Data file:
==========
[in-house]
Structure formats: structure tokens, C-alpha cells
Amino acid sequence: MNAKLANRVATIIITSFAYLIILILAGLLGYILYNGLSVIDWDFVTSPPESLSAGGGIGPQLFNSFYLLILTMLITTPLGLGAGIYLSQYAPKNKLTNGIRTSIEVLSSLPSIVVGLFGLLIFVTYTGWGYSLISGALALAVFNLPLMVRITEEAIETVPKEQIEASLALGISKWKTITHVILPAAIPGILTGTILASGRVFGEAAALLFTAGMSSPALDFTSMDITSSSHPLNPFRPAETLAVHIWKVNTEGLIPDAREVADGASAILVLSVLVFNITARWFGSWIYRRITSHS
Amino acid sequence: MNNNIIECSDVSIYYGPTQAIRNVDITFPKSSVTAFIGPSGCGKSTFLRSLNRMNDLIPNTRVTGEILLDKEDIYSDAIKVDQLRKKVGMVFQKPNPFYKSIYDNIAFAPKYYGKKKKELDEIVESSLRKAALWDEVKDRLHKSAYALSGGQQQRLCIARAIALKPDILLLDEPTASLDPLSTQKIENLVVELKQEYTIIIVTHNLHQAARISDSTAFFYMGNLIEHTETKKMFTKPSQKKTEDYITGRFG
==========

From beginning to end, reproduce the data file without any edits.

[in-house]
Structure formats: structure tokens, C-alpha cells
Amino acid sequence: MNAKLANRVATIIITSFAYLIILILAGLLGYILYNGLSVIDWDFVTSPPESLSAGGGIGPQLFNSFYLLILTMLITTPLGLGAGIYLSQYAPKNKLTNGIRTSIEVLSSLPSIVVGLFGLLIFVTYTGWGYSLISGALALAVFNLPLMVRITEEAIETVPKEQIEASLALGISKWKTITHVILPAAIPGILTGTILASGRVFGEAAALLFTAGMSSPALDFTSMDITSSSHPLNPFRPAETLAVHIWKVNTEGLIPDAREVADGASAILVLSVLVFNITARWFGSWIYRRITSHS
Amino acid sequence: MNNNIIECSDVSIYYGPTQAIRNVDITFPKSSVTAFIGPSGCGKSTFLRSLNRMNDLIPNTRVTGEILLDKEDIYSDAIKVDQLRKKVGMVFQKPNPFYKSIYDNIAFAPKYYGKKKKELDEIVESSLRKAALWDEVKDRLHKSAYALSGGQQQRLCIARAIALKPDILLLDEPTASLDPLSTQKIENLVVELKQEYTIIIVTHNLHQAARISDSTAFFYMGNLIEHTETKKMFTKPSQKKTEDYITGRFG